Little is known about the etiology of fibroids. Although certain risk factors have been pinpointed, only hypotheses exist as to what actually causes fibroids to develop.
With many of today’s chronic conditions having an inflammatory component,1 could this also be true for fibroids?
The initial theory linking uterine inflammation and fibroids dates back to the early 1930s.2 Decades later in 2001, this assumption was tested and published in the American Journal of Epidemiology.3 By interviewing 318 women with fibroids, Faerstein, Szklo, and Rosenshein found that those who reported having three or more past episodes of pelvic inflammatory disease were almost four times more likely to have fibroids in comparison to women who never had the disease.
What’s more, the authors of the study found that having reproductive tract infections (RTI) such as chlamydia—a common cause of pelvic inflammatory disease, increased a woman’s risk of fibroids by approximately three-fold; although it was found that this estimate may not have been precise. There was no fibroid risk associated with having genital warts or herpes.
Almost 15 years later, have we gotten any closer to finding whether uterine inflammation plays a role in fibroid formation? A 2015 study in the Journal of Women’s Health4 further investigated this premise.
The study examined ultrasound results and self-reported questionnaires of 1,656 African American women ages 23-34 in the Detroit area who were enrolled in the National Institute of Environmental Health Sciences (NIEHS) Study of Environment, Lifestyle, and Fibroids (SELF).
Moore and her colleagues found that women with a history of bacterial vaginosis had a 21 percent increased risk of having fibroids in general (the study pointed out this was statistically insignificant), 47 percent increased risk of having two or more fibroids, and a 41 percent increased risk of having a larger total fibroid volume.
On the other hand, the authors ironically observed that having a history of chlamydia or pelvic inflammatory disease resulted in a reduced risk of having two or more fibroids.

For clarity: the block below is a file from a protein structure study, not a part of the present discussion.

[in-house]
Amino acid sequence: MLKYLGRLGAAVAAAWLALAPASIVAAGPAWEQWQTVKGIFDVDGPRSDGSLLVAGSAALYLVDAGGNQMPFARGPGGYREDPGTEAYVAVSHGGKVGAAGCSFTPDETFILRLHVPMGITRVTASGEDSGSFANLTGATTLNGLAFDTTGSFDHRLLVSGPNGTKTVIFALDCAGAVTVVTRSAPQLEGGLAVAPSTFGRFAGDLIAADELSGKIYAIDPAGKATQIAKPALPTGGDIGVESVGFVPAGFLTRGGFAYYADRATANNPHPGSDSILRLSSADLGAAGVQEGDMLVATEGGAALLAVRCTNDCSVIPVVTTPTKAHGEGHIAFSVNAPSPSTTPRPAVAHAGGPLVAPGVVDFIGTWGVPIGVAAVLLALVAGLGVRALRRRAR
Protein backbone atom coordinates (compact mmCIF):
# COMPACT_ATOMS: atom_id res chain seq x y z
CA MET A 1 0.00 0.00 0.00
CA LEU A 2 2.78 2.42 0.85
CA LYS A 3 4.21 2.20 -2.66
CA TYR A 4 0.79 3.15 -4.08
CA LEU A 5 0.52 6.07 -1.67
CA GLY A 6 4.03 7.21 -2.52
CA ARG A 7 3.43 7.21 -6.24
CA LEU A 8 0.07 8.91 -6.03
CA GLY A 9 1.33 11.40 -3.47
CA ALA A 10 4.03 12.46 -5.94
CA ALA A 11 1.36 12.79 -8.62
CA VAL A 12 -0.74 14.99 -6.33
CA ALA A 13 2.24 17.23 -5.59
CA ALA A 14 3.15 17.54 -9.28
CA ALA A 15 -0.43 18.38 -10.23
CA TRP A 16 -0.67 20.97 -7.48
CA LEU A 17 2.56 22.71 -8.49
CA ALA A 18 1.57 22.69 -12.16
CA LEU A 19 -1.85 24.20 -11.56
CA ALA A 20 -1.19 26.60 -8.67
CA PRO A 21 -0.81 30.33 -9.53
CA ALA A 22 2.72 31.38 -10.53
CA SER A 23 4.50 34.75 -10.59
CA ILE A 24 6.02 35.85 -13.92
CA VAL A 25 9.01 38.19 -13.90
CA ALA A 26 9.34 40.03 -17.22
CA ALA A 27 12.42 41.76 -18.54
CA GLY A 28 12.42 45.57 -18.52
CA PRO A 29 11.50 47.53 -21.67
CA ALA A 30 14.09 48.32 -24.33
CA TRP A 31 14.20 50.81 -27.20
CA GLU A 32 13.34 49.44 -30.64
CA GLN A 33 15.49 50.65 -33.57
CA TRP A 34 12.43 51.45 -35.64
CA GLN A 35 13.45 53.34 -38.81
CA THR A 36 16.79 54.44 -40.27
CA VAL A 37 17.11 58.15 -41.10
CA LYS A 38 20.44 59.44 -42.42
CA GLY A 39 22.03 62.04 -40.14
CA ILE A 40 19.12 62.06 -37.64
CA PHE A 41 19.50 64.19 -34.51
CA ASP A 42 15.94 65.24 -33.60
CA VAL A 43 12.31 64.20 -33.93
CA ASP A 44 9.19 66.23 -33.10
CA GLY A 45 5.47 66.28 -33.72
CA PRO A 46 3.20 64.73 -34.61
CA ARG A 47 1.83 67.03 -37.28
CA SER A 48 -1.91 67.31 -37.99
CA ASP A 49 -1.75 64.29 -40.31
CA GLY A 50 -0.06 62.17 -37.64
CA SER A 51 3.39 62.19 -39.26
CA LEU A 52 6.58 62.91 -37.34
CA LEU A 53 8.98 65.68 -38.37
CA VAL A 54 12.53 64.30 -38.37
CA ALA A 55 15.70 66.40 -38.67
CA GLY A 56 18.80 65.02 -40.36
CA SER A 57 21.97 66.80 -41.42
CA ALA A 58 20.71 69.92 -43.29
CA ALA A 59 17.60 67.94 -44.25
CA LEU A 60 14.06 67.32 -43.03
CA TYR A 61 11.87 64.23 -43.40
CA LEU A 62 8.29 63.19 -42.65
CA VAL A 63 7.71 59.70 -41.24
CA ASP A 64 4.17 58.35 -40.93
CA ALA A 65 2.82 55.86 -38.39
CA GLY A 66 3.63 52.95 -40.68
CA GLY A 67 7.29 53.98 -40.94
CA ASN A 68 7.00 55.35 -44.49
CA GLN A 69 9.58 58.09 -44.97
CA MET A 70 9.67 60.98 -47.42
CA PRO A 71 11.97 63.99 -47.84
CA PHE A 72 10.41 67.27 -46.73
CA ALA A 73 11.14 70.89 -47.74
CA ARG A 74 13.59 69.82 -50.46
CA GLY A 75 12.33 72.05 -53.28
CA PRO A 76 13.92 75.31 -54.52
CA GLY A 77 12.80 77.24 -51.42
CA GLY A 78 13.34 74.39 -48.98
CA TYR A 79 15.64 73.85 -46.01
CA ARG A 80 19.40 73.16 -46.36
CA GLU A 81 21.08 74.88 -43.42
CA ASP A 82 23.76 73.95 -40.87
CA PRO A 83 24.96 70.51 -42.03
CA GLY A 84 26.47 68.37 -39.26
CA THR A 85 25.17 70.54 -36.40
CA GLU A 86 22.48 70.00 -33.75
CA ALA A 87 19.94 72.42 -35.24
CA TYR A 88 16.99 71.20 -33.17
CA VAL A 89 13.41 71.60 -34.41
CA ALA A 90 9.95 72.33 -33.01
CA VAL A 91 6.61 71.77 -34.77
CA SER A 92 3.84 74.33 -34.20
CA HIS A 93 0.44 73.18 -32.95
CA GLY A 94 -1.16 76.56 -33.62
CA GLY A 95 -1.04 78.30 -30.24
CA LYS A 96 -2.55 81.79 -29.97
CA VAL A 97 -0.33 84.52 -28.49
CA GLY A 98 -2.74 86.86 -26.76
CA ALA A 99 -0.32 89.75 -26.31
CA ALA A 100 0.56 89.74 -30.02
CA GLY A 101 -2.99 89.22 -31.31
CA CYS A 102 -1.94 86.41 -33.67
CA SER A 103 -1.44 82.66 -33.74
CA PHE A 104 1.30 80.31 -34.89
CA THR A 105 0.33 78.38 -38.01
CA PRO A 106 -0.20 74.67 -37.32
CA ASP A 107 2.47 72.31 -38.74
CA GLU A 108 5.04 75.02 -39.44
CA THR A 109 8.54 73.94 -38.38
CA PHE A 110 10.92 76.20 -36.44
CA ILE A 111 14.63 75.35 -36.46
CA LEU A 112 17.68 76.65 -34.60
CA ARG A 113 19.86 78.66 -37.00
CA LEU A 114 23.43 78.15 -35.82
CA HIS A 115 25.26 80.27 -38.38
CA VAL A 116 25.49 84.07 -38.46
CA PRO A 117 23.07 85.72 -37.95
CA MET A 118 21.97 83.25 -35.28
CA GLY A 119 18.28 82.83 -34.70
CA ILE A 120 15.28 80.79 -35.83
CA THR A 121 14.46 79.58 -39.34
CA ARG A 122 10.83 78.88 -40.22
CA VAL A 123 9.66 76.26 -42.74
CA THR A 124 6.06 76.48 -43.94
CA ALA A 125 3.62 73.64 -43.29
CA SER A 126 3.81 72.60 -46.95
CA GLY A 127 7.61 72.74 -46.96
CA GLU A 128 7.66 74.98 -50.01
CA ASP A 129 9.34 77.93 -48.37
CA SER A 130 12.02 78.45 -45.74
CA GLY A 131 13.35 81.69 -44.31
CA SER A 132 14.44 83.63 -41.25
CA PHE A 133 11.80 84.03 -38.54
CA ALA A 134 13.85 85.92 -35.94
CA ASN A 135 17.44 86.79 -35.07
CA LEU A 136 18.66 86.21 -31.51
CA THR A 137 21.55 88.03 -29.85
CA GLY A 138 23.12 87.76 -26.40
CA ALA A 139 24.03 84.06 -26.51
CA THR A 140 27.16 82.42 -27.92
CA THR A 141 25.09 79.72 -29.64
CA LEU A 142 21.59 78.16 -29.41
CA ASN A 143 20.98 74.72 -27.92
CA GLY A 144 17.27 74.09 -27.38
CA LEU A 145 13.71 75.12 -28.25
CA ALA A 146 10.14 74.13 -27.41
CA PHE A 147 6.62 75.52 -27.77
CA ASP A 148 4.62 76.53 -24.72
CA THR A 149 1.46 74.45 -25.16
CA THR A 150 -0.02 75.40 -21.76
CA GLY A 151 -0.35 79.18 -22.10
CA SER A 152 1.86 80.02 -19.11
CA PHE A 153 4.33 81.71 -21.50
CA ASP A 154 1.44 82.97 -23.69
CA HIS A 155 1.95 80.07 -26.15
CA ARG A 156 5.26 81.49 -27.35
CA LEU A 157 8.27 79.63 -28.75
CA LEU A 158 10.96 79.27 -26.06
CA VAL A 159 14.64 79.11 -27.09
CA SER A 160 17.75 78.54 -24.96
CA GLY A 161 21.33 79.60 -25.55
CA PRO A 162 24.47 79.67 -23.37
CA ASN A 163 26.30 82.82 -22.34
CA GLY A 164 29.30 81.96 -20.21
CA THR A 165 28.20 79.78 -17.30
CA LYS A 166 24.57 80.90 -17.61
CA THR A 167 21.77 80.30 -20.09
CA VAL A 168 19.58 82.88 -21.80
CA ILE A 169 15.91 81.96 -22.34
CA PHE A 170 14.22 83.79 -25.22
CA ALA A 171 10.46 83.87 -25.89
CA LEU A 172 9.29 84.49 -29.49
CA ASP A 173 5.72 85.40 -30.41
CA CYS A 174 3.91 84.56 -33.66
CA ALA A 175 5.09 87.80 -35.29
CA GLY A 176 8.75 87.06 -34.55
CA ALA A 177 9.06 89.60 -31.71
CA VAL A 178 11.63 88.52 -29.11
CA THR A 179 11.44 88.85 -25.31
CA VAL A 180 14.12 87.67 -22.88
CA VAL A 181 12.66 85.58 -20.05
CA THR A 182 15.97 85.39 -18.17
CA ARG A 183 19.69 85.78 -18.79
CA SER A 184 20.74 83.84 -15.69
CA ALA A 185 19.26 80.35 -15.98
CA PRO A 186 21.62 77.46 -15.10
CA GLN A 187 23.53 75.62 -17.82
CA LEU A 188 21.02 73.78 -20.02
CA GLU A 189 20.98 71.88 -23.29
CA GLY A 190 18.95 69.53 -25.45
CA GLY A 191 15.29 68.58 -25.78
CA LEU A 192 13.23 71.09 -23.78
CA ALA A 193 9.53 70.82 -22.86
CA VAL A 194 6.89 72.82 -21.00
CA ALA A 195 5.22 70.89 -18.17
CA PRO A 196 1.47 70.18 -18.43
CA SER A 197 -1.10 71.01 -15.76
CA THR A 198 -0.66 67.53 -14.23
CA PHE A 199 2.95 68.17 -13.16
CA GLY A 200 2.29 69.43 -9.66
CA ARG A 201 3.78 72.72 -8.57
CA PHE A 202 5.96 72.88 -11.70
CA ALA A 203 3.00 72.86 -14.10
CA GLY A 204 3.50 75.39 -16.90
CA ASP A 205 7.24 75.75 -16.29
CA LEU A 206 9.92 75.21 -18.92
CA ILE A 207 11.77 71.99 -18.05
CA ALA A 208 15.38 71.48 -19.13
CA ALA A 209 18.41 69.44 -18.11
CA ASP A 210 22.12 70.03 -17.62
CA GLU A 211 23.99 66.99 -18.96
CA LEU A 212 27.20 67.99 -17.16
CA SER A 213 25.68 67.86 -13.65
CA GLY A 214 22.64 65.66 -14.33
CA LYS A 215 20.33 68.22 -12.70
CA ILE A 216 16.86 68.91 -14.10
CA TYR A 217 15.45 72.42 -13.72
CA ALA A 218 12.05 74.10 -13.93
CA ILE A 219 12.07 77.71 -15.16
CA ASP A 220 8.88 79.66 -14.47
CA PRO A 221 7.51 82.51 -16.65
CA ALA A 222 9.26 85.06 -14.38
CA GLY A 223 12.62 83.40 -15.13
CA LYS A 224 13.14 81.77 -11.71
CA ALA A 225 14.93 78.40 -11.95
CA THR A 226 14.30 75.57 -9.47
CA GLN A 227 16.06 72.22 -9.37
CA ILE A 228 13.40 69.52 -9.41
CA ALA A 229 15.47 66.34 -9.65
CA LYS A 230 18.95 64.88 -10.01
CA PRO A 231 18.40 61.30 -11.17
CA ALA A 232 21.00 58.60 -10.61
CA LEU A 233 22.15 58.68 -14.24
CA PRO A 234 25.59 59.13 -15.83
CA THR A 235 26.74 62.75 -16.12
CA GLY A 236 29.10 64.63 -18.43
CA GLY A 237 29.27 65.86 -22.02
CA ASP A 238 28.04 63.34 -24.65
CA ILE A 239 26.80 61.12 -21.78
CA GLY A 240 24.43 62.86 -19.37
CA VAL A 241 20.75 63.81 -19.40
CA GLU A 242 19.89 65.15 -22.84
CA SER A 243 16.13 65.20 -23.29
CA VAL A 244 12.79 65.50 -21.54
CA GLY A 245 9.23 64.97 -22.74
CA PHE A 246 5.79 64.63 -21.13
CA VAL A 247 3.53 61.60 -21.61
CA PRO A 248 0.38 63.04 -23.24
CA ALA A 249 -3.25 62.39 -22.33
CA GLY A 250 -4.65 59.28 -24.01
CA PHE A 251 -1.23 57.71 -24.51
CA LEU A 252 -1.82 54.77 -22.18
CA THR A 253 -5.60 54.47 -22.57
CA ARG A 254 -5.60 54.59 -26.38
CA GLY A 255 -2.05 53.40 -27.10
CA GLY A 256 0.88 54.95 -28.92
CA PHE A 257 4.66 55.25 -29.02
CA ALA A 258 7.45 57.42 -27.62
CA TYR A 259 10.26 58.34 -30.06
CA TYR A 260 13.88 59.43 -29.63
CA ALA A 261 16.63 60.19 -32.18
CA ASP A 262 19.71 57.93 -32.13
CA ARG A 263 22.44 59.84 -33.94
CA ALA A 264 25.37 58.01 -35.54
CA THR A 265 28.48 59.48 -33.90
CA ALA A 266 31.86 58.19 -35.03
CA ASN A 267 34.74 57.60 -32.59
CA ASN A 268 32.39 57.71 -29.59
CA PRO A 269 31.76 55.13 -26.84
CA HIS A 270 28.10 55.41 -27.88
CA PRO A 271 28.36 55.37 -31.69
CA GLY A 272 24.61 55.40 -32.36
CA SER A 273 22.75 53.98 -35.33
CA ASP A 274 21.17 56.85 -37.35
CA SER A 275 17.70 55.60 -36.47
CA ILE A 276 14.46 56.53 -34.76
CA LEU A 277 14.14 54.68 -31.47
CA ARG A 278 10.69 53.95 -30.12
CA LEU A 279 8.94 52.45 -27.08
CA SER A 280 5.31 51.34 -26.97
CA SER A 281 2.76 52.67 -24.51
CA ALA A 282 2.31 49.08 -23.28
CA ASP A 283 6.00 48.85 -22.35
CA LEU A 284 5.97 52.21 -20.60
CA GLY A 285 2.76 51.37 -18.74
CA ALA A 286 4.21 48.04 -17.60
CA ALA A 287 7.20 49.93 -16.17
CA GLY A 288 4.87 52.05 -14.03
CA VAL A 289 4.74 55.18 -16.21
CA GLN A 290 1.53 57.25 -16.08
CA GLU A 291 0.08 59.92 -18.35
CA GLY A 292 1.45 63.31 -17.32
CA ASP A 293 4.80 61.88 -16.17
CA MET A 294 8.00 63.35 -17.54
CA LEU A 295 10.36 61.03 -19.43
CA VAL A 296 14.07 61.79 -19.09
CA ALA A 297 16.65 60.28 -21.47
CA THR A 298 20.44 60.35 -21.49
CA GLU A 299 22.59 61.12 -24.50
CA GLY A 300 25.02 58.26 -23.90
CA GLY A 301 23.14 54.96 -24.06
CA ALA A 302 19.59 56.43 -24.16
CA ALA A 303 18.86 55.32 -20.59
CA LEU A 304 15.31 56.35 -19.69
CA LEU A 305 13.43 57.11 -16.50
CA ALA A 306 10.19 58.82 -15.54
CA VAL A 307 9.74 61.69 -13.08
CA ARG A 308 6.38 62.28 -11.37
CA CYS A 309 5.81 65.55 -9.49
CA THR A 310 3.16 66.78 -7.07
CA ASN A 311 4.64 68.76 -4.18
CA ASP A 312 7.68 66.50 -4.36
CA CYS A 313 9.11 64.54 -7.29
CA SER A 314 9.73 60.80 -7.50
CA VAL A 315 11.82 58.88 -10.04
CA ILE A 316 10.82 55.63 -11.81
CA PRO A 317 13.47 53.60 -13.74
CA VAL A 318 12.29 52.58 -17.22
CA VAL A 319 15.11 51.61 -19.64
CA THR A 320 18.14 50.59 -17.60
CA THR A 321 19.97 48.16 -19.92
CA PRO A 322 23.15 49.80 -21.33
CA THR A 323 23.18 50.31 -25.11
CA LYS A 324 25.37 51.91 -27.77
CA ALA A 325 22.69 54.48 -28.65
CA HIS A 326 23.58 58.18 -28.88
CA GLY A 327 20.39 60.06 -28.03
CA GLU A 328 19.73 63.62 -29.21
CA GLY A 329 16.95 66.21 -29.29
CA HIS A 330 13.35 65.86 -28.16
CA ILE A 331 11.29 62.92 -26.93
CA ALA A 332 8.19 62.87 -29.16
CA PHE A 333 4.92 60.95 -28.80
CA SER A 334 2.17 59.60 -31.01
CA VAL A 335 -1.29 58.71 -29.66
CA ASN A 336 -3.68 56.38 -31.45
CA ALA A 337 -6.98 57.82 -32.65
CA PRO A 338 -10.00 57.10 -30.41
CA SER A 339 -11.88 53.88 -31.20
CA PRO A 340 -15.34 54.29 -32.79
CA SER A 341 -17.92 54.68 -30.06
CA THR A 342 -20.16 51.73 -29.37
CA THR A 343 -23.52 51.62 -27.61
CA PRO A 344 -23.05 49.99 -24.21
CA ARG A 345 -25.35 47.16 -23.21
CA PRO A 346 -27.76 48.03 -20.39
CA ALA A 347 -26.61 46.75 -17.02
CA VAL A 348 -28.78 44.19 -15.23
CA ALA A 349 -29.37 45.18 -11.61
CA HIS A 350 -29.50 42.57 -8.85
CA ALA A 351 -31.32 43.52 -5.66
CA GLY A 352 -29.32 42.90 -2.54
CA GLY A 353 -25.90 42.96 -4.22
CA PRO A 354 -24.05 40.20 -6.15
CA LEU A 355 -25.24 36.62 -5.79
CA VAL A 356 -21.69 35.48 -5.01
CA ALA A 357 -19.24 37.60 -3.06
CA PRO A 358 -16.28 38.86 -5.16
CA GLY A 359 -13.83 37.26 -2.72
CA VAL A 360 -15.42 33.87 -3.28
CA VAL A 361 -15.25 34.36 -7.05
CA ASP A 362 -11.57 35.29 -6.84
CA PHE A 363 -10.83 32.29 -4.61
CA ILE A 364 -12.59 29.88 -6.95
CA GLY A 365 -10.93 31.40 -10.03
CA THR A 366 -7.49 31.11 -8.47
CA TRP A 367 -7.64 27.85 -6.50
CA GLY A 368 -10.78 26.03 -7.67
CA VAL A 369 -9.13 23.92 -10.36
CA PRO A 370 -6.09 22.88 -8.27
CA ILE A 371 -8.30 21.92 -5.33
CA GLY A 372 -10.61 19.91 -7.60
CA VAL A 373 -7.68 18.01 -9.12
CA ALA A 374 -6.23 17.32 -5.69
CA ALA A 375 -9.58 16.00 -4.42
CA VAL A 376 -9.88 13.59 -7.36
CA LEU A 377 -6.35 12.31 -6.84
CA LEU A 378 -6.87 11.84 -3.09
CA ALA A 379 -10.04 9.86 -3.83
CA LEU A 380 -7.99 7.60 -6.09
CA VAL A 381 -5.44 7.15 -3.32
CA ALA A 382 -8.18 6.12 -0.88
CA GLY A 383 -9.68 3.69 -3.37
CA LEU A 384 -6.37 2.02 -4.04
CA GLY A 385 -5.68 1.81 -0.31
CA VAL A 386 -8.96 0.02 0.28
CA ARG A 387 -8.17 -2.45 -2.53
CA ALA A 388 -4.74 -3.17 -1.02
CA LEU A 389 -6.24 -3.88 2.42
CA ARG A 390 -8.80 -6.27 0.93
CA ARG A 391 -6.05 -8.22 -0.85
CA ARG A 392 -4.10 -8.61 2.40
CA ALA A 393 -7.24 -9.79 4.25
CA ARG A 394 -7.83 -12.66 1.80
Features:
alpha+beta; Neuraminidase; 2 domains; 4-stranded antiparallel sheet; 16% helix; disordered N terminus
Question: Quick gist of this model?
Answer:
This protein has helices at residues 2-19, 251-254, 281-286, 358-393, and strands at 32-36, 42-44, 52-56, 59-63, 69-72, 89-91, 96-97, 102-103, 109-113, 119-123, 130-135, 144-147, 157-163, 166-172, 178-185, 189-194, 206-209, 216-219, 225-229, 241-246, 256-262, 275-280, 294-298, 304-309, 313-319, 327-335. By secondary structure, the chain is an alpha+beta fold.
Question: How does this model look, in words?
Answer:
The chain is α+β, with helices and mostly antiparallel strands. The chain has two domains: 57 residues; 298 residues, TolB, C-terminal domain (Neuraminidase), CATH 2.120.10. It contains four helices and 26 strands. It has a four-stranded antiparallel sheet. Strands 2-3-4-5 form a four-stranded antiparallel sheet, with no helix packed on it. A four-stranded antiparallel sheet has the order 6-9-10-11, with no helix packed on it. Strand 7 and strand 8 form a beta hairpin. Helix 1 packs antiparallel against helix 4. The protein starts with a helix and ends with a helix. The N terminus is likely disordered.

Given the inconsistency of these results the authors wrote, “Overall, the studies of RTIs and fibroids, including ours, reveal no strong associations.”
“In this large study of young African American women, there was little overall support for an association between women’s self-reported histories of RTIs and subsequent fibroid development,” the authors explained. “Even those having a history of three or more different RTIs or multiple diagnoses of the same RTI showed no indication of elevated odds of fibroids.”
Although results were stated inconclusive, how might we explain the link found between bacterial vaginosis and fibroids, not to mention the findings of previous studies?
Viral and bacterial infections are a known cause of human inflammation5, which in the aforementioned studies, is the proposed reasoning behind fibroid formation.
Uterine fibroids are thought to arise from a single abnormal smooth muscle cell located in the uterine wall.6 Infectious agents have been seen to induce abnormal cell growth3 and it’s thought that inflammation and irritation caused by infection could lead to irregular repair of smooth muscle cells that then lead to fibroid tumor growth.4 5 A closer look at fibroid tissue has even shown increased levels of inflammatory molecules, especially Transforming Growth Factor-Beta (TGF-ß).6
Although we have theories and studies that include interviews and self-reported data that could possibly make a connection, it’s not substantial enough. “Self-reported data…may be subject to error,” Moore and colleagues clarified. “Perhaps a more important problem is that the majority of RTIs can often be [without symptoms], so even those who have not had a previous diagnosis may still have had or currently have an RTI.”
They continued to write, “Some women also may have been tested and were positive but never received their results, did not understand them, or just did not report them due to confidentiality concerns or social desirability bias.”
More attention is needed within this area of women’s healthcare, the authors emphasized. “Future studies are needed to take the next step…to better investigate associations between RTIs and fibroids.”
- Tabas, I. & Glass, C. K. (2013). Anti-inflammatory therapy in chronic disease: challenges and opportunities. Science, 339(6116): 166-172. doi:10.1126/science.1230720
- Witherspoon, J. T., & Butler, V. W. (1934). The etiology of uterine fibroids with special reference to the frequency of their occurrence in the Negro: A hypothesis. Surgery, Gynecology, & Obstetrics, 58(4).
- Faerstein, E., Moyses, S., & Rosenshein, N. B. (2001). Risk factors for uterine leiomyoma: a practice-based case-control study. II. Atherogenic risk factors and potential sources of uterine irritation. American Journal of Epidemiology, 153(1): 11-19.
- Moore, K. R., Cole, S. R., Dittmer, D. P., Schoenback, V. J., Smith, J. S., & Baird, D. D. (2015). Self-Reported Reproductive Tract Infections and Ultrasound Diagnosed Uterine Fibroids in African-American Women. Journal of Women’s Health, 24(6): 489-495. doi:10.1089/jwh.2014.5051
- Wegienka, G. (2012). Are uterine leiomyoma a consequence of a chronically inflammatory immune system? Medical Hypothesis, 79(2): 226-231. doi:10.1016/j.mehy.2012.04.046
- Maybin, J. A., Critchley, H. O. D., & Jabbour. H. N. (2011). Inflammatory pathways in endometrial disorders. Molecular and Cellular Endocrinology, 335(1): 42-51. doi:10.1016/j.mce.2010.08.006